It really depends on the owner of the horse. I have seen both sides. One barn was just horrible, because the only times the lesson horses would leave their stalls was for lessons - no pasture for them (!). Go figure... But I also have had great lesson horses. Some that aren't fully finished, but the trainer "used" me to teach the horse new things too (for example learning the jog, the horse hadn't done it much before). I kind of liked that, because it pushes you too. I am an impatient person by nature, so it teaches me patience and how to handle a horse that isn't fully finished/obedient. It challenges both rider and horse and I find that better than riding around in a circle with 10 other people and doing some figures without really knowing why.
So I say it really depends on the owner and what they do with their horses.
     
    10-01-2008, 05:52 PM
  #9
Yearling
Yes, lesson horses typically need a stronger leg or perhaps a crop too. They have a variety of riders and so have no chance to get used to subtle and specific cues, and often they are with bad or inexperienced riders. You need to be extra clear with what you're asking of them. Also remember that they get a lot of use each day so towards the end they will be less forward and willing.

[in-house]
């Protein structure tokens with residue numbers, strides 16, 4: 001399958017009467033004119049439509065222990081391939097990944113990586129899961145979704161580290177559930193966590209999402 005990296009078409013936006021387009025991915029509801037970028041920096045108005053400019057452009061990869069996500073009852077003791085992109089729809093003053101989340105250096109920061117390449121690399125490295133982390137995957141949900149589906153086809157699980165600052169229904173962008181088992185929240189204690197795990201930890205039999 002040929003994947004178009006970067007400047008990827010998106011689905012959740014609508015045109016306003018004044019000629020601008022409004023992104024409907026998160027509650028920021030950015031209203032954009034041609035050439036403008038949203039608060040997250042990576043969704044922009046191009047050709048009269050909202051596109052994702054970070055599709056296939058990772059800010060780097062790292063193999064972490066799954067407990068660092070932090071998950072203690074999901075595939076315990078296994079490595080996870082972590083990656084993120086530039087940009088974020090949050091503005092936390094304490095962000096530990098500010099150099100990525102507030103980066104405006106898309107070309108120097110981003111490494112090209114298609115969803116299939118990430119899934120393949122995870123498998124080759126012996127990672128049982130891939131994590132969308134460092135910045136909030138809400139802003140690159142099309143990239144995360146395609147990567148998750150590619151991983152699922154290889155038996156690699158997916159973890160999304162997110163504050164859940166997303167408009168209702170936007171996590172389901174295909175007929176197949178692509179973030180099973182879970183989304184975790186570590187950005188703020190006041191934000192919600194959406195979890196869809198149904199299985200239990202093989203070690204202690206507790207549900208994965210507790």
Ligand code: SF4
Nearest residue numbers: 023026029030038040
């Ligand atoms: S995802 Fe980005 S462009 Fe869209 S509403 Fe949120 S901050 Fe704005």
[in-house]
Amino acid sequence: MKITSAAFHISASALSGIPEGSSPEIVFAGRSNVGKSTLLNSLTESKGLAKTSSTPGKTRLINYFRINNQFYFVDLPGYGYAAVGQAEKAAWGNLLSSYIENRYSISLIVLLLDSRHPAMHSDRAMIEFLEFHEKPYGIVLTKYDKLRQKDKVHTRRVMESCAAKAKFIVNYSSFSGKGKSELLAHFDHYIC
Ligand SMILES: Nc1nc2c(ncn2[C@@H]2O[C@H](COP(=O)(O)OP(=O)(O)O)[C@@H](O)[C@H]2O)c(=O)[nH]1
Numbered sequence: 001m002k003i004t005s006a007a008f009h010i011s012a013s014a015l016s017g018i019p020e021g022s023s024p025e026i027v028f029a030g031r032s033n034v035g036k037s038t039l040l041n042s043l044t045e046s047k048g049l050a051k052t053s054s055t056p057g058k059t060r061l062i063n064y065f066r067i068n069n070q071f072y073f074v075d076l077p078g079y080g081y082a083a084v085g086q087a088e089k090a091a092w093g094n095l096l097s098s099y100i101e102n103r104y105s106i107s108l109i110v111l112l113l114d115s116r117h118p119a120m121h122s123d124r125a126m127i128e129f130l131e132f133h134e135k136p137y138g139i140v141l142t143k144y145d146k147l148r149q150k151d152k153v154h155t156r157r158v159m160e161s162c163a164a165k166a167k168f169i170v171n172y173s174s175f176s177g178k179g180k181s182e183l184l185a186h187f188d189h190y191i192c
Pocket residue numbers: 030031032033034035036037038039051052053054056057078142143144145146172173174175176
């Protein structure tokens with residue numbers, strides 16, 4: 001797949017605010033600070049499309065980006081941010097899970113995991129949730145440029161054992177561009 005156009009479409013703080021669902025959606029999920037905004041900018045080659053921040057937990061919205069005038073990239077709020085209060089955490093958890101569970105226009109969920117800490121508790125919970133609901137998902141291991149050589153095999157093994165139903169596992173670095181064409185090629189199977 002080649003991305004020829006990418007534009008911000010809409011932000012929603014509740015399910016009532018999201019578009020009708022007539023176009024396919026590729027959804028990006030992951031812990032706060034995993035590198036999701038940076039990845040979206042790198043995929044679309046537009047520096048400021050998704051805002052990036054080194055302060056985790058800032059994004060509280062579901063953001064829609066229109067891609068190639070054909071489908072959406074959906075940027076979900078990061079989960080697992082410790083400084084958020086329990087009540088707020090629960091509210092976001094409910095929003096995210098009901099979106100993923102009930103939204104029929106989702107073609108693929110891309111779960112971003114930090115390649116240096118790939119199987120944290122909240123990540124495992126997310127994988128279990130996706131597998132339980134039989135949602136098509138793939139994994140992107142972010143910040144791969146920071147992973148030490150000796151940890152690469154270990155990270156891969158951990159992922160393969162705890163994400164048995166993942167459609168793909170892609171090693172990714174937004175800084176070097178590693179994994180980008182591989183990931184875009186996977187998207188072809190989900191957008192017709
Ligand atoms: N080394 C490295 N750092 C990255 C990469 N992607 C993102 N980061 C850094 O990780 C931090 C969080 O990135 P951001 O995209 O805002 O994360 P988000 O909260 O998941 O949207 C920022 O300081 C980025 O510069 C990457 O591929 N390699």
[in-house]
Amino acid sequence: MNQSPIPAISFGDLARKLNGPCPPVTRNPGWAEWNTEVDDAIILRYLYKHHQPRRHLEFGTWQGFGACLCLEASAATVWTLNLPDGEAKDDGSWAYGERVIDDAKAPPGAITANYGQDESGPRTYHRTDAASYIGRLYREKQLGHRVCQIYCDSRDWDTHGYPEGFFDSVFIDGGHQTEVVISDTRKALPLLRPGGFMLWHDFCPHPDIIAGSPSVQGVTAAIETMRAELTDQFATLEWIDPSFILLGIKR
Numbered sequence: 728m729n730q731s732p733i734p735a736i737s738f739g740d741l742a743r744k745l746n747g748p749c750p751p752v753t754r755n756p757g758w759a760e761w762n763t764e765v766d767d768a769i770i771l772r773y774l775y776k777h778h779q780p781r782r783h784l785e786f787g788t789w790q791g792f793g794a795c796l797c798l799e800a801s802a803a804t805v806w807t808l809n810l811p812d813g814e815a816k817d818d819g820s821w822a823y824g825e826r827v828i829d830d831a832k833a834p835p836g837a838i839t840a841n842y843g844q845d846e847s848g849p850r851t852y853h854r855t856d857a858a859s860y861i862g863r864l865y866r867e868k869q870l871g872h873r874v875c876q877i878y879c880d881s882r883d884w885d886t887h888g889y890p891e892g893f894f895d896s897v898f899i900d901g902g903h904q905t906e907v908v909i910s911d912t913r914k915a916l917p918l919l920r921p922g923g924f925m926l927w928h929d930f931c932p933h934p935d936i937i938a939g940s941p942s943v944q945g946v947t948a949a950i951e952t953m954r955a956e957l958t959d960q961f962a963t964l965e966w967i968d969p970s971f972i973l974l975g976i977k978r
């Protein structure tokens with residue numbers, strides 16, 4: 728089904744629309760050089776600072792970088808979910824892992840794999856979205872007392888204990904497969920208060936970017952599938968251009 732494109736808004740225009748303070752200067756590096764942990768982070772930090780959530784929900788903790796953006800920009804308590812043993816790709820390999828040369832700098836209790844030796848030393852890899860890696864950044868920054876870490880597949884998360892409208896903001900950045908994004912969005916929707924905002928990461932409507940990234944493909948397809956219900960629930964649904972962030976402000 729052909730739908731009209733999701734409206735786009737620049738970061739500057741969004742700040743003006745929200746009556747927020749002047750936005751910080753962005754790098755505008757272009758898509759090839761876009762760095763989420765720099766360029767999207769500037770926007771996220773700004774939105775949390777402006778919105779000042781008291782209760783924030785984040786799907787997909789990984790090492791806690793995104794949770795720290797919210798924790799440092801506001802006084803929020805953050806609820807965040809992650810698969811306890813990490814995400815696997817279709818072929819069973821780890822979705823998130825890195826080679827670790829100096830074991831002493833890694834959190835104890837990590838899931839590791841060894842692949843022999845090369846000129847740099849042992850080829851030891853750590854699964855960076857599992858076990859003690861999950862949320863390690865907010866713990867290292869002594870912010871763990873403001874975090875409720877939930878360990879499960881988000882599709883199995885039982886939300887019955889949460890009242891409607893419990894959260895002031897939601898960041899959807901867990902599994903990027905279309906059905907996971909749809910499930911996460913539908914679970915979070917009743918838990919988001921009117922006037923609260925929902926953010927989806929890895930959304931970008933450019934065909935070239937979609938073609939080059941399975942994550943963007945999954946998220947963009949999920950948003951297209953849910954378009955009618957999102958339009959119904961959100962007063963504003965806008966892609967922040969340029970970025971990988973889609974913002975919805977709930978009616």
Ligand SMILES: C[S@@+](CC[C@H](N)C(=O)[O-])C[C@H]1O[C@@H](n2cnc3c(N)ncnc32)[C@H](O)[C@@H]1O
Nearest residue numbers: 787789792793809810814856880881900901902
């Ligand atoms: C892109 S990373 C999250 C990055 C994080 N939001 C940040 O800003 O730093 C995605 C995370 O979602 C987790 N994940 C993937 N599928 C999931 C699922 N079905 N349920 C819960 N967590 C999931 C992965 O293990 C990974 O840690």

The lesson horses at my stables back home are amazing, every single one of them. And something I have really found is that you can get a totally different response out of an old plodder once you know more about how to ride them. Jazz was the first horse I rode: we went round in walk and trot, she was an angel at managing this girl who had no idea what she was doing. She's used a lot with total beginners because she's such a sweetie with them. I rode her more recently and from the moment I got on I let her know that a) we would be working today and that b) I was going to ask her to do more than just trot around the arena while someone bumped on her back. We had a great ride. The lesson horses are all capable of more than plodding round; you just need to make it clear that you're asking them to put their best foot forward with you.

What I find is that it's important right from the start to wake the horse up, make them understand that they must work and make sure they're attentive and listening to you. Transitions are great for that.